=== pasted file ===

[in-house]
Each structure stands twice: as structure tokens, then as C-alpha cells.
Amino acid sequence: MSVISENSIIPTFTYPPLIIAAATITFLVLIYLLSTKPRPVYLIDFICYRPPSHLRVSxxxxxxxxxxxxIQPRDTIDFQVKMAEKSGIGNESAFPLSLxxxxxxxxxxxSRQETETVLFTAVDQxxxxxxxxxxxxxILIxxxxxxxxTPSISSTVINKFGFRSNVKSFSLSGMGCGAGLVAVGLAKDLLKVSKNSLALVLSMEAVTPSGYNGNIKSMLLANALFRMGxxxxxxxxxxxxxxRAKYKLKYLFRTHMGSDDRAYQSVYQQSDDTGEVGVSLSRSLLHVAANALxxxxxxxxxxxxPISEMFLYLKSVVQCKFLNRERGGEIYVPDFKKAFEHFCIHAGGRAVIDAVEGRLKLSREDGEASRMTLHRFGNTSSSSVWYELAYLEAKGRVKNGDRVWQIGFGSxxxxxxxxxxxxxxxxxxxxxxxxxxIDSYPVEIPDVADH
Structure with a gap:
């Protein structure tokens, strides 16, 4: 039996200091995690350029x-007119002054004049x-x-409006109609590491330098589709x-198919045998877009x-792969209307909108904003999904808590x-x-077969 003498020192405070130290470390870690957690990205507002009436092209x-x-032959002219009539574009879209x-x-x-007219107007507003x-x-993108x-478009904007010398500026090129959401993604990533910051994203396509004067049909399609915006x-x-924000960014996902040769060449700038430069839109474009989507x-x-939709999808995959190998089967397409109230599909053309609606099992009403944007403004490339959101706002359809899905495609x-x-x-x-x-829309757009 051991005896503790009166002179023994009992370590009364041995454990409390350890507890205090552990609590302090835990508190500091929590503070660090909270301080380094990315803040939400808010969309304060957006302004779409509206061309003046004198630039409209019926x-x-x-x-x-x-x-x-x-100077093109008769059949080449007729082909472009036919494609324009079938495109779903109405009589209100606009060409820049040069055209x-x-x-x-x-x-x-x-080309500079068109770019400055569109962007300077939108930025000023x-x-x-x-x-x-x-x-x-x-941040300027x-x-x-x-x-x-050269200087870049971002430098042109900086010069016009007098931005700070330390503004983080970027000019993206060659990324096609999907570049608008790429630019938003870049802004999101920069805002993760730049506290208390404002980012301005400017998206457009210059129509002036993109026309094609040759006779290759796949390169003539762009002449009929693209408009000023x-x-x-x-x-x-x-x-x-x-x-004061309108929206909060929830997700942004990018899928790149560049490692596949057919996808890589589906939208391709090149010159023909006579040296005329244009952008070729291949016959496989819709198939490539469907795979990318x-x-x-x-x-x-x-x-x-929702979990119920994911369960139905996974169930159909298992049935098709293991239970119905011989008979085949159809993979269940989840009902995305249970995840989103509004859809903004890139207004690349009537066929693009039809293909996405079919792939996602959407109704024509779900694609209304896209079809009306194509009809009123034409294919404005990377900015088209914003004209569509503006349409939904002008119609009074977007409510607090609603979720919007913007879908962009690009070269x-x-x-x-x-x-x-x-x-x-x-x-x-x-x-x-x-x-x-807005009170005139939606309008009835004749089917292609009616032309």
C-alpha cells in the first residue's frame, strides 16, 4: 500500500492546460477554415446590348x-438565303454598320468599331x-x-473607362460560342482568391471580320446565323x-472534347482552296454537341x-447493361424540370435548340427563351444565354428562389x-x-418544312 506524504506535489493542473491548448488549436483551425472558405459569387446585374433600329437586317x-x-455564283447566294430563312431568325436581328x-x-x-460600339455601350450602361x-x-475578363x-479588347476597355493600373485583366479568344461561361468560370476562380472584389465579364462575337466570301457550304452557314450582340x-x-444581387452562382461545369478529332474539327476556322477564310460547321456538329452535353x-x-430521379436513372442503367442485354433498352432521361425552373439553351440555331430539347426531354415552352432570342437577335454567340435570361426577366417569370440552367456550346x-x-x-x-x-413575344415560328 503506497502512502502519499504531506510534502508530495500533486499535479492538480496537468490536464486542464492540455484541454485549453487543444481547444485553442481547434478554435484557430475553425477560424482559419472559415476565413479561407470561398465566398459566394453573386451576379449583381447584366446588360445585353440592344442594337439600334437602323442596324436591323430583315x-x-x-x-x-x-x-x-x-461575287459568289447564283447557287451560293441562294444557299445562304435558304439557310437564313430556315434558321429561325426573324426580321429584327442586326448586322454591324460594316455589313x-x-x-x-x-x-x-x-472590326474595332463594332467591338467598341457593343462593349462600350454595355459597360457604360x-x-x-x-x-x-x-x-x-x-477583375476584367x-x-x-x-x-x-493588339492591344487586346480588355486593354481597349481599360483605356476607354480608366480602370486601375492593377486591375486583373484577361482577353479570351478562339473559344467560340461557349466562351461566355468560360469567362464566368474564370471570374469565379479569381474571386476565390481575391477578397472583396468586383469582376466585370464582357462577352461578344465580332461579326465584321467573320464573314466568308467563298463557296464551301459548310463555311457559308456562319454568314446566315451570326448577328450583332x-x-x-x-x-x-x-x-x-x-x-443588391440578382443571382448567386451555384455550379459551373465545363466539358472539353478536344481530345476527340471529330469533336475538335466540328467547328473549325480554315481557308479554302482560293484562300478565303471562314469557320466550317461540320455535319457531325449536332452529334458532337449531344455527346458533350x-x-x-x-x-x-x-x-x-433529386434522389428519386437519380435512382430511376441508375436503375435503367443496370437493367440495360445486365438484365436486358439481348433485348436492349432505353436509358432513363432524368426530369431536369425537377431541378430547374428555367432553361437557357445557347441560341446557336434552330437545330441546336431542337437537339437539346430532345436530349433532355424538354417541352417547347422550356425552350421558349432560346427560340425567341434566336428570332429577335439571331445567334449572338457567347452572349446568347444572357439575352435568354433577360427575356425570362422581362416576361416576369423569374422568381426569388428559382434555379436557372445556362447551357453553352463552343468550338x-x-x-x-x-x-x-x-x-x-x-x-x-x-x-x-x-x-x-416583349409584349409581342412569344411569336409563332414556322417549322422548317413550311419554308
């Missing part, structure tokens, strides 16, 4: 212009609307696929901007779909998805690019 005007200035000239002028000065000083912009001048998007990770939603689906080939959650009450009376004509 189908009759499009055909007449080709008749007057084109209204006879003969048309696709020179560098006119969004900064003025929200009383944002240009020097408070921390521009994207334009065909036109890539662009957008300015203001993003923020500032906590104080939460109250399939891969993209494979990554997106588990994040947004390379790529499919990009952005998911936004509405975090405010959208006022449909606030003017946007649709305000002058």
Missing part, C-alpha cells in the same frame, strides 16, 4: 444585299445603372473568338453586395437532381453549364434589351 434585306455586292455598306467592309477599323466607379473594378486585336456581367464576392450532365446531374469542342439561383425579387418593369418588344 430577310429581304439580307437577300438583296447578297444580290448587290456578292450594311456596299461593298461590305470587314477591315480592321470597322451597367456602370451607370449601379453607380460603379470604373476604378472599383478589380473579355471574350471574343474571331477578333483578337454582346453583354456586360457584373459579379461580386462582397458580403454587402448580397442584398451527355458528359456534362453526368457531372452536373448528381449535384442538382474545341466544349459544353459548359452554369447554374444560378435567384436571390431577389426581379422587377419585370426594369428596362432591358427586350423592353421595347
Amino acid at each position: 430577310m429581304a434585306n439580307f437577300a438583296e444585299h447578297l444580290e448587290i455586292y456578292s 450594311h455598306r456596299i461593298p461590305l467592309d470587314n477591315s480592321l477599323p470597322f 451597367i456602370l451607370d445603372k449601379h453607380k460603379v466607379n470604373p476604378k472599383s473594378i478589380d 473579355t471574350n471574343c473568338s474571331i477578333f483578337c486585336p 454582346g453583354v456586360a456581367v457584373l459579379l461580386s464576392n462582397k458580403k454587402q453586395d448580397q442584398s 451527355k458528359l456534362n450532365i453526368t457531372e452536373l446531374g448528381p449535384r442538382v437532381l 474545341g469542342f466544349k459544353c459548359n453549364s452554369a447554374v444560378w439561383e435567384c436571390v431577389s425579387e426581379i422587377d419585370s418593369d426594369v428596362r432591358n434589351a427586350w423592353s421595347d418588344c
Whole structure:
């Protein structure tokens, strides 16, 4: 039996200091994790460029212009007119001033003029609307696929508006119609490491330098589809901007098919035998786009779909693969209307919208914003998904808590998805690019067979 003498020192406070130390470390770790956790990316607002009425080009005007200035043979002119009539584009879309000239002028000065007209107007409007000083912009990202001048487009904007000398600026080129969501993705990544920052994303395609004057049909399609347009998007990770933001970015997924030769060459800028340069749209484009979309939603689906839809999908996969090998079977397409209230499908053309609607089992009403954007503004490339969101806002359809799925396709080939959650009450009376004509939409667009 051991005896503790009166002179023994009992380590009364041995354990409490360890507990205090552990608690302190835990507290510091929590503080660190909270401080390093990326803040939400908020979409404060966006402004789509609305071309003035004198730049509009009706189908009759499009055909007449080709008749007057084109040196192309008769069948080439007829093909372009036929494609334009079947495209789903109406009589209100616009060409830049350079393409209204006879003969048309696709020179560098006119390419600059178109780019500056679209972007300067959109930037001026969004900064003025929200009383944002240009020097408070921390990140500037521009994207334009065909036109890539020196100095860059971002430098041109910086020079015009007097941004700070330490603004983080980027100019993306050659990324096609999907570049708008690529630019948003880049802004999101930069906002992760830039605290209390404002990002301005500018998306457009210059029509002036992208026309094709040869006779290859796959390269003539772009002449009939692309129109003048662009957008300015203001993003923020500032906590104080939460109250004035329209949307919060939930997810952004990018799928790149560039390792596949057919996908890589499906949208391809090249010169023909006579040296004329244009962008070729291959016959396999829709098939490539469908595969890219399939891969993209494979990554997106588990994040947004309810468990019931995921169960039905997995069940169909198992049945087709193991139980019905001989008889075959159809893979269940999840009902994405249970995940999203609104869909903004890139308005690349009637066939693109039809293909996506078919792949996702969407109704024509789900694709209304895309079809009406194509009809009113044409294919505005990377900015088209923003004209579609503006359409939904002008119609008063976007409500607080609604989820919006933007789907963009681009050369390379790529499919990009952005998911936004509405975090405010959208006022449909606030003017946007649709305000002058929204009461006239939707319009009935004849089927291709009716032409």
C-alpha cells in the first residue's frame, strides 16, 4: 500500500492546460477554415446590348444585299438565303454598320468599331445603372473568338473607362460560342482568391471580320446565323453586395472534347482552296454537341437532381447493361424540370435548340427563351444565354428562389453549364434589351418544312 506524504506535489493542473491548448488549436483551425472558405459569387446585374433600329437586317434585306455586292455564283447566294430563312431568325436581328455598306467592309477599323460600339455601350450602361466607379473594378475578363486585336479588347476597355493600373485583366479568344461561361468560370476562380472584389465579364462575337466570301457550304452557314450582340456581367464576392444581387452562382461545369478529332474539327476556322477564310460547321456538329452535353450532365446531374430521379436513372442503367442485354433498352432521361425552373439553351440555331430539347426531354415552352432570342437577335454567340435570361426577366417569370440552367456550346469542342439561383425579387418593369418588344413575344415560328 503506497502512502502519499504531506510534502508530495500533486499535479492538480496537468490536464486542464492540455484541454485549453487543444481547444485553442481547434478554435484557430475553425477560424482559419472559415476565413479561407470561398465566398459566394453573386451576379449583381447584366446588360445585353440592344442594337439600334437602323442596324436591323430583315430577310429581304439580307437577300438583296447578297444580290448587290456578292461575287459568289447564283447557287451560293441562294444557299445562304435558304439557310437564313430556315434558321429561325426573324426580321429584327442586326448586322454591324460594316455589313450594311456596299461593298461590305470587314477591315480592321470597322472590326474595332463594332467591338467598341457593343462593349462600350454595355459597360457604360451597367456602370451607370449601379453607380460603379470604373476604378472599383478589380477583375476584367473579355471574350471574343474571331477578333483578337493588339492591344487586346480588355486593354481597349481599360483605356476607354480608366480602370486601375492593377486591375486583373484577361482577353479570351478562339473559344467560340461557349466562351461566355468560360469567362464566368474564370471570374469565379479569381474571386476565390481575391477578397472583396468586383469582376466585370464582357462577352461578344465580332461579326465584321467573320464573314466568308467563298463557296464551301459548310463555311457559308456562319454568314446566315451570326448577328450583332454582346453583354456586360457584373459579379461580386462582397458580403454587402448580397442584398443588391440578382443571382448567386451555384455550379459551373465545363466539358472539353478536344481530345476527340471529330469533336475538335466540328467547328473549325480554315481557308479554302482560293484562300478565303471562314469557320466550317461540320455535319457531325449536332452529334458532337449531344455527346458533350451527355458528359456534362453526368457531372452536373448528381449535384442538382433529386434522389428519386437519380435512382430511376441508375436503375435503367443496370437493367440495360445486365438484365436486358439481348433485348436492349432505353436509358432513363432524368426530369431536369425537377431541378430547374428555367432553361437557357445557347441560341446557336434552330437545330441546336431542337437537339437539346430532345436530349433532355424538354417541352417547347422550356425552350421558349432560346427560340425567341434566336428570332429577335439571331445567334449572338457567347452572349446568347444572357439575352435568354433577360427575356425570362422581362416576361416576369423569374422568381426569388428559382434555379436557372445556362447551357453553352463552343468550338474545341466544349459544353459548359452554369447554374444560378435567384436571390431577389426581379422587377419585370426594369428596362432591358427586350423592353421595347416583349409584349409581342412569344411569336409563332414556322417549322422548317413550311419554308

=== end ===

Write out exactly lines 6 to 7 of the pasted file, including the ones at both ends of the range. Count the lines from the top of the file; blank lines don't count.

C-alpha cells in the first residue's frame, strides 16, 4: 500500500492546460477554415446590348x-438565303454598320468599331x-x-473607362460560342482568391471580320446565323x-472534347482552296454537341x-447493361424540370435548340427563351444565354428562389x-x-418544312 506524504506535489493542473491548448488549436483551425472558405459569387446585374433600329437586317x-x-455564283447566294430563312431568325436581328x-x-x-460600339455601350450602361x-x-475578363x-479588347476597355493600373485583366479568344461561361468560370476562380472584389465579364462575337466570301457550304452557314450582340x-x-444581387452562382461545369478529332474539327476556322477564310460547321456538329452535353x-x-430521379436513372442503367442485354433498352432521361425552373439553351440555331430539347426531354415552352432570342437577335454567340435570361426577366417569370440552367456550346x-x-x-x-x-413575344415560328 503506497502512502502519499504531506510534502508530495500533486499535479492538480496537468490536464486542464492540455484541454485549453487543444481547444485553442481547434478554435484557430475553425477560424482559419472559415476565413479561407470561398465566398459566394453573386451576379449583381447584366446588360445585353440592344442594337439600334437602323442596324436591323430583315x-x-x-x-x-x-x-x-x-461575287459568289447564283447557287451560293441562294444557299445562304435558304439557310437564313430556315434558321429561325426573324426580321429584327442586326448586322454591324460594316455589313x-x-x-x-x-x-x-x-472590326474595332463594332467591338467598341457593343462593349462600350454595355459597360457604360x-x-x-x-x-x-x-x-x-x-477583375476584367x-x-x-x-x-x-493588339492591344487586346480588355486593354481597349481599360483605356476607354480608366480602370486601375492593377486591375486583373484577361482577353479570351478562339473559344467560340461557349466562351461566355468560360469567362464566368474564370471570374469565379479569381474571386476565390481575391477578397472583396468586383469582376466585370464582357462577352461578344465580332461579326465584321467573320464573314466568308467563298463557296464551301459548310463555311457559308456562319454568314446566315451570326448577328450583332x-x-x-x-x-x-x-x-x-x-x-443588391440578382443571382448567386451555384455550379459551373465545363466539358472539353478536344481530345476527340471529330469533336475538335466540328467547328473549325480554315481557308479554302482560293484562300478565303471562314469557320466550317461540320455535319457531325449536332452529334458532337449531344455527346458533350x-x-x-x-x-x-x-x-x-433529386434522389428519386437519380435512382430511376441508375436503375435503367443496370437493367440495360445486365438484365436486358439481348433485348436492349432505353436509358432513363432524368426530369431536369425537377431541378430547374428555367432553361437557357445557347441560341446557336434552330437545330441546336431542337437537339437539346430532345436530349433532355424538354417541352417547347422550356425552350421558349432560346427560340425567341434566336428570332429577335439571331445567334449572338457567347452572349446568347444572357439575352435568354433577360427575356425570362422581362416576361416576369423569374422568381426569388428559382434555379436557372445556362447551357453553352463552343468550338x-x-x-x-x-x-x-x-x-x-x-x-x-x-x-x-x-x-x-416583349409584349409581342412569344411569336409563332414556322417549322422548317413550311419554308
């Missing part, structure tokens, strides 16, 4: 212009609307696929901007779909998805690019 005007200035000239002028000065000083912009001048998007990770939603689906080939959650009450009376004509 189908009759499009055909007449080709008749007057084109209204006879003969048309696709020179560098006119969004900064003025929200009383944002240009020097408070921390521009994207334009065909036109890539662009957008300015203001993003923020500032906590104080939460109250399939891969993209494979990554997106588990994040947004390379790529499919990009952005998911936004509405975090405010959208006022449909606030003017946007649709305000002058």